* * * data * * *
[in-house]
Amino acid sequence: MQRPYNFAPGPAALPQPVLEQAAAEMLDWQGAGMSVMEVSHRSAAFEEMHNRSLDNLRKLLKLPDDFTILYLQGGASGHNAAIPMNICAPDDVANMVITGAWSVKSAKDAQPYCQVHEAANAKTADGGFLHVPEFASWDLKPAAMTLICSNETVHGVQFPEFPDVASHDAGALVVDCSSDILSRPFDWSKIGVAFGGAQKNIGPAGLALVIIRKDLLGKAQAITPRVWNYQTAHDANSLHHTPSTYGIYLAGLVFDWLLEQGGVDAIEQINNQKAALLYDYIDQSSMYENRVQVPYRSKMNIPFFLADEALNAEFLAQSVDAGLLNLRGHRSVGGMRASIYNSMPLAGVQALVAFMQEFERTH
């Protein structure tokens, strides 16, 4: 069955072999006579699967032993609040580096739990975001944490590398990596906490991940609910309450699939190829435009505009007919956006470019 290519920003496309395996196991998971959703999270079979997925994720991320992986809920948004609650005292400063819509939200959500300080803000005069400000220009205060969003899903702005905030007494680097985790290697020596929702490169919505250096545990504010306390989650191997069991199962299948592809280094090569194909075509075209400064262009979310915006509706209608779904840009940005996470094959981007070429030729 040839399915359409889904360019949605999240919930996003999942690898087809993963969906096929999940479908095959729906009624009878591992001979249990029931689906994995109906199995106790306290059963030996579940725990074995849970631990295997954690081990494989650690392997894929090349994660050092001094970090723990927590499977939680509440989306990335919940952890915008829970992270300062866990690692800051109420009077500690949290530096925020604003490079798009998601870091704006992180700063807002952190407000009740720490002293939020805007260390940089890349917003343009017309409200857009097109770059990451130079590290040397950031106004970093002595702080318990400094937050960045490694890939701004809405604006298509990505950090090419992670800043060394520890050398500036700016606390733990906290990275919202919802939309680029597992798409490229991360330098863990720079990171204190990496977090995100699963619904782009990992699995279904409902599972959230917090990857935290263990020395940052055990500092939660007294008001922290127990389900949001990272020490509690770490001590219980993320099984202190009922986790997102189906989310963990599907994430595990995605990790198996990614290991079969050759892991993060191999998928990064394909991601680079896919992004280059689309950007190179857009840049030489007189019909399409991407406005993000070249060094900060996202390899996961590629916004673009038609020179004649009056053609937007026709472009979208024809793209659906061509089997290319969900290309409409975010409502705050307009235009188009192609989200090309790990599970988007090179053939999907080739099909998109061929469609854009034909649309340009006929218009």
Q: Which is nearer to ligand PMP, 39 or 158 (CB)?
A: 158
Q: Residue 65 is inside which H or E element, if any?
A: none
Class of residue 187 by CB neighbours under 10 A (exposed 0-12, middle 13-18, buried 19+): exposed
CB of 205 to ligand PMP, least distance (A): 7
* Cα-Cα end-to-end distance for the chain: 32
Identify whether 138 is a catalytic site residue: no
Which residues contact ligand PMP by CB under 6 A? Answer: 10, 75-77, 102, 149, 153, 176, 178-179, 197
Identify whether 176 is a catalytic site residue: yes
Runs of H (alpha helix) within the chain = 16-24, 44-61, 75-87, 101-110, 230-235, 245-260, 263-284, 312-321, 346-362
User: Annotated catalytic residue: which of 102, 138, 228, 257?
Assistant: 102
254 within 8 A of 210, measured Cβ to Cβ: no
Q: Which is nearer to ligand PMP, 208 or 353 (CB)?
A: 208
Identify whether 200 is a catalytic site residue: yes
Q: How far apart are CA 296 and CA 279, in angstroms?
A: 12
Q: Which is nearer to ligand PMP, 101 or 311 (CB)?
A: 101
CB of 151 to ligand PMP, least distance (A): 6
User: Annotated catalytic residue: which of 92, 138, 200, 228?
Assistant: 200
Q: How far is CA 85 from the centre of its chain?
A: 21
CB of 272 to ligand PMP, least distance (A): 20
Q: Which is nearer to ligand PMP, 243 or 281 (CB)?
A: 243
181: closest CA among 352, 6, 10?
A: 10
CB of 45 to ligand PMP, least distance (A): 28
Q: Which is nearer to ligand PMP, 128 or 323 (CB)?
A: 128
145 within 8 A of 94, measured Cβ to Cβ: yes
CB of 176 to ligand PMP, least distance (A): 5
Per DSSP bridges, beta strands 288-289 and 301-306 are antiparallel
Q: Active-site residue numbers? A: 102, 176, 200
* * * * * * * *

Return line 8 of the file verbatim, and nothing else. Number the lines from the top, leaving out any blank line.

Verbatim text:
Class of residue 187 by CB neighbours under 10 A (exposed 0-12, middle 13-18, buried 19+): exposed